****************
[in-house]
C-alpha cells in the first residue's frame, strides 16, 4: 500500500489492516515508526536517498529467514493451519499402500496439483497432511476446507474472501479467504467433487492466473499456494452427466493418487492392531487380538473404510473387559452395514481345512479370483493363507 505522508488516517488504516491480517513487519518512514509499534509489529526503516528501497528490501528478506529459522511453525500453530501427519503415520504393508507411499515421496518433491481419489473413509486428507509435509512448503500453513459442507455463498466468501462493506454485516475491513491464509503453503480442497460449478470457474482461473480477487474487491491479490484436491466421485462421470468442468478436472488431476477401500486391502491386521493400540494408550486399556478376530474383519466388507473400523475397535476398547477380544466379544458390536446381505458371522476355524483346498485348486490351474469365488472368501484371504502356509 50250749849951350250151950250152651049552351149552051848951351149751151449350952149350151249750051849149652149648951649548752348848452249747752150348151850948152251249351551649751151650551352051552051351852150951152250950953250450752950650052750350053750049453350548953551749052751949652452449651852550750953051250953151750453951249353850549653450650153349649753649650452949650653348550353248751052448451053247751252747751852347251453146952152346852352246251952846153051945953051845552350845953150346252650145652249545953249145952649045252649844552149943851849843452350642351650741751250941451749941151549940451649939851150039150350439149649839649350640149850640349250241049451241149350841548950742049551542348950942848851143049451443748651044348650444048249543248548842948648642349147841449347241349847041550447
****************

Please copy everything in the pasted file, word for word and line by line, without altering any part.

[in-house]
C-alpha cells in the first residue's frame, strides 16, 4: 500500500489492516515508526536517498529467514493451519499402500496439483497432511476446507474472501479467504467433487492466473499456494452427466493418487492392531487380538473404510473387559452395514481345512479370483493363507 505522508488516517488504516491480517513487519518512514509499534509489529526503516528501497528490501528478506529459522511453525500453530501427519503415520504393508507411499515421496518433491481419489473413509486428507509435509512448503500453513459442507455463498466468501462493506454485516475491513491464509503453503480442497460449478470457474482461473480477487474487491491479490484436491466421485462421470468442468478436472488431476477401500486391502491386521493400540494408550486399556478376530474383519466388507473400523475397535476398547477380544466379544458390536446381505458371522476355524483346498485348486490351474469365488472368501484371504502356509 50250749849951350250151950250152651049552351149552051848951351149751151449350952149350151249750051849149652149648951649548752348848452249747752150348151850948152251249351551649751151650551352051552051351852150951152250950953250450752950650052750350053750049453350548953551749052751949652452449651852550750953051250953151750453951249353850549653450650153349649753649650452949650653348550353248751052448451053247751252747751852347251453146952152346852352246251952846153051945953051845552350845953150346252650145652249545953249145952649045252649844552149943851849843452350642351650741751250941451749941151549940451649939851150039150350439149649839649350640149850640349250241049451241149350841548950742049551542348950942848851143049451443748651044348650444048249543248548842948648642349147841449347241349847041550447